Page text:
Depositary Receipts (DRs) in American or Global form (ADRs and GDRs, respectively) are used to facilitate cross-border trading and to raise capital in global equity offerings or for mergers and acquisitions to U.S. and non-U.S. investors.

Demand For Depositary Receipts

The demand by investors for Depositary Receipts has been growing between 30 to 40 percent annually, driven in large part by the increasing desire of retail and institutional investors to diversify their portfolios globally. Many of these investors typically do not, or cannot for various reasons, invest directly outside of the U.S. and, as a result, utilize Depositary Receipts as a means to diversify their portfolios. Many investors who do have the capabilities to invest outside the U.S. may prefer to utilize Depositary Receipts because of the convenience, enhanced liquidity and cost effectiveness Depositary Receipts offer as compared to purchasing and safekeeping ordinary shares in the home country. In many cases, a Depositary Receipt investment can save an investor up to 10-40 basis points annually as compared to all of the costs associated with trading and holding ordinary shares outside the United States.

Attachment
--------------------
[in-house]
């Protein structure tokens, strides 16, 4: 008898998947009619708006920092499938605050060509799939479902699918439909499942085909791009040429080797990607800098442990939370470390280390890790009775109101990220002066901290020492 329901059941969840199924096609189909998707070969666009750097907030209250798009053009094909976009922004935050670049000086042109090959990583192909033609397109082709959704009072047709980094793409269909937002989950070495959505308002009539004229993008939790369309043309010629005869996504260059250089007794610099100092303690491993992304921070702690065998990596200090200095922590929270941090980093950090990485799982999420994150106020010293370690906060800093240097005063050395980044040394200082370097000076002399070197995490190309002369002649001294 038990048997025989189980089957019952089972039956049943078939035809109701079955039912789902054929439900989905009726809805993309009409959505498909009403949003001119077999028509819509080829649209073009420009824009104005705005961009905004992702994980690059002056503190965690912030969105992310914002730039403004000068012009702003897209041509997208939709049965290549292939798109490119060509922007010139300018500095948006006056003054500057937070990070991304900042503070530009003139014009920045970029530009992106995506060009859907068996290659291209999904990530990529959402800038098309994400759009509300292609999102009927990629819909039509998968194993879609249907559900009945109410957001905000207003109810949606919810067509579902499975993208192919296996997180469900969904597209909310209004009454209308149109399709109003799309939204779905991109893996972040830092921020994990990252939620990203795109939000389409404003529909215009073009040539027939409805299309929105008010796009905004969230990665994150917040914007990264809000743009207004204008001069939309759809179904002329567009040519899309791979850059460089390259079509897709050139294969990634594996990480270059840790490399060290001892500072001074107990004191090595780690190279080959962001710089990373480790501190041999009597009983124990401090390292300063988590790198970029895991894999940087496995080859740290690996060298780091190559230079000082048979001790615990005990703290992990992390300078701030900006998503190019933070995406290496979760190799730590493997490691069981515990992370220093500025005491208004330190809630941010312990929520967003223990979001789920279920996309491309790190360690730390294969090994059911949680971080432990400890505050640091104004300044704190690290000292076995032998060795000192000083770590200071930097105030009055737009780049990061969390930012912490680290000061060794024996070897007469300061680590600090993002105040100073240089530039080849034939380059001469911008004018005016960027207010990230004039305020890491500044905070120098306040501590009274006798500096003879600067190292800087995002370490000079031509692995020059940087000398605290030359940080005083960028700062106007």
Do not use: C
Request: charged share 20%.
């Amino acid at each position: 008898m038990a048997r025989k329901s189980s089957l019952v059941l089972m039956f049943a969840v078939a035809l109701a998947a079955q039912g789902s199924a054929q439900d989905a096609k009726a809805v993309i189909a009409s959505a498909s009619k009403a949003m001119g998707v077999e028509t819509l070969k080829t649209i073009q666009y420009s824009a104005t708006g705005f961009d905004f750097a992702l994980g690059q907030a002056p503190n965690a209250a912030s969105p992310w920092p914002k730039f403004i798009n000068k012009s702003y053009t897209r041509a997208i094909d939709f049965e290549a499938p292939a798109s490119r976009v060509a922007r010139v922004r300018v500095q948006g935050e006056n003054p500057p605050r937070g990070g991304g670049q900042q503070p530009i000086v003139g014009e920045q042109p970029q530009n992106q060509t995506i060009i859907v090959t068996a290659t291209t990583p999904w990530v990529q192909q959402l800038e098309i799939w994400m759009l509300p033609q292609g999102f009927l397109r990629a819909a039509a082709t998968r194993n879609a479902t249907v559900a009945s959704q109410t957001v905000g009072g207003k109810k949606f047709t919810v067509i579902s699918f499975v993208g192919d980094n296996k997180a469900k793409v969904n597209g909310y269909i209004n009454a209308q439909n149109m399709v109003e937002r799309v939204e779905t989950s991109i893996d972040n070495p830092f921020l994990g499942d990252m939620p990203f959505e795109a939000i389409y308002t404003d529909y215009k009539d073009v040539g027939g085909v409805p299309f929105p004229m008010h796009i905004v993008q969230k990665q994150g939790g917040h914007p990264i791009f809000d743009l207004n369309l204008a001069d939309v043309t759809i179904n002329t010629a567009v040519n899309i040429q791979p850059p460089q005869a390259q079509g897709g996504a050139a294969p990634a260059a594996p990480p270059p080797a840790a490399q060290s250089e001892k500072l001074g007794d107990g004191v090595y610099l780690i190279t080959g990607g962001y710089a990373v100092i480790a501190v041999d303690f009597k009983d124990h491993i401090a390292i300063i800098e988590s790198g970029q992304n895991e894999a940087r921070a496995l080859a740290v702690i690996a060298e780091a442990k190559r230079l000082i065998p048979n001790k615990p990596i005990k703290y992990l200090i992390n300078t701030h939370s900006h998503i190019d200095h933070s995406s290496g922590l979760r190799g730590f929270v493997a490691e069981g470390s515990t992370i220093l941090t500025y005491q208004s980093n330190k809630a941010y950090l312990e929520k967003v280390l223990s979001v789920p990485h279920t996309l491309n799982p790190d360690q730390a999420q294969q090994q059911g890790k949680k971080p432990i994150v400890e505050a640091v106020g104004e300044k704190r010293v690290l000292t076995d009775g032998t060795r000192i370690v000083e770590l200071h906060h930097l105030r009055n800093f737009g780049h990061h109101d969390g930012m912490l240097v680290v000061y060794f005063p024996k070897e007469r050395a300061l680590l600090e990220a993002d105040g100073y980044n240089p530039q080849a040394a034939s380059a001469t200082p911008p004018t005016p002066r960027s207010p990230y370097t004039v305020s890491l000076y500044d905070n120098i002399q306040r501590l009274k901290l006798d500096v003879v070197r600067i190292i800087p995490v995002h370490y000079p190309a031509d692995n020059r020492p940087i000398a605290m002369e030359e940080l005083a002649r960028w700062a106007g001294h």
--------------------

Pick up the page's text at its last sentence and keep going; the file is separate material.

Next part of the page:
Depositary Receipts are issued or created when investors decide to invest in a non-U.S. company and contact their brokers to make a purchase.

Brokers purchase the underlying ordinary shares and request that the shares be delivered to the depositary bank’s custodian in that country.

The broker who initiated the transaction will convert the U.S. dollars received from the investor into the corresponding foreign currency and pay the local broker for the shares purchased.